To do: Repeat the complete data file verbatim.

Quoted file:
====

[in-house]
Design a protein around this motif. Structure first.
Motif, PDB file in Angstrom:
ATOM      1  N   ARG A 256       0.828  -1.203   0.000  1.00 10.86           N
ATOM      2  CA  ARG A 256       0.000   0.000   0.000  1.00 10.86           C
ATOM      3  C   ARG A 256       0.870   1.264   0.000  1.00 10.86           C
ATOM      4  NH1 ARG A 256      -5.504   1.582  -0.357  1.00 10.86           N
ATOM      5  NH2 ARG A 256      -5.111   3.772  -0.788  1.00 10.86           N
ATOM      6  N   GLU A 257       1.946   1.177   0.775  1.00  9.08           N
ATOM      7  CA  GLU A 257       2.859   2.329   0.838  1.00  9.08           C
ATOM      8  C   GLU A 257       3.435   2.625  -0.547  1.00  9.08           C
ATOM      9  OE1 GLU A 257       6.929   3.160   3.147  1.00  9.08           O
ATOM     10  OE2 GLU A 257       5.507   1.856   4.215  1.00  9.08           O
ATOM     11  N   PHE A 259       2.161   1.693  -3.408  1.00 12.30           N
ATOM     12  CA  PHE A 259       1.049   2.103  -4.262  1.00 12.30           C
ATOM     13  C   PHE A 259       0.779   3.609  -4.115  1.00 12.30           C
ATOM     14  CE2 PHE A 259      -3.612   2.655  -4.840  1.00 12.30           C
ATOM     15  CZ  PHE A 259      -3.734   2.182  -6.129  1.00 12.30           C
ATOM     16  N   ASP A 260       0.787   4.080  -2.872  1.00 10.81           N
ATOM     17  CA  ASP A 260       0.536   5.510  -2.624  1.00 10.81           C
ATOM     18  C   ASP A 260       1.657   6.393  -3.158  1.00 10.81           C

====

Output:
[in-house]
Design a protein around this motif. Structure first.
Motif, PDB file in Angstrom:
ATOM      1  N   ARG A 256       0.828  -1.203   0.000  1.00 10.86           N
ATOM      2  CA  ARG A 256       0.000   0.000   0.000  1.00 10.86           C
ATOM      3  C   ARG A 256       0.870   1.264   0.000  1.00 10.86           C
ATOM      4  NH1 ARG A 256      -5.504   1.582  -0.357  1.00 10.86           N
ATOM      5  NH2 ARG A 256      -5.111   3.772  -0.788  1.00 10.86           N
ATOM      6  N   GLU A 257       1.946   1.177   0.775  1.00  9.08           N
ATOM      7  CA  GLU A 257       2.859   2.329   0.838  1.00  9.08           C
ATOM      8  C   GLU A 257       3.435   2.625  -0.547  1.00  9.08           C
ATOM      9  OE1 GLU A 257       6.929   3.160   3.147  1.00  9.08           O
ATOM     10  OE2 GLU A 257       5.507   1.856   4.215  1.00  9.08           O
ATOM     11  N   PHE A 259       2.161   1.693  -3.408  1.00 12.30           N
ATOM     12  CA  PHE A 259       1.049   2.103  -4.262  1.00 12.30           C
ATOM     13  C   PHE A 259       0.779   3.609  -4.115  1.00 12.30           C
ATOM     14  CE2 PHE A 259      -3.612   2.655  -4.840  1.00 12.30           C
ATOM     15  CZ  PHE A 259      -3.734   2.182  -6.129  1.00 12.30           C
ATOM     16  N   ASP A 260       0.787   4.080  -2.872  1.00 10.81           N
ATOM     17  CA  ASP A 260       0.536   5.510  -2.624  1.00 10.81           C
ATOM     18  C   ASP A 260       1.657   6.393  -3.158  1.00 10.81           C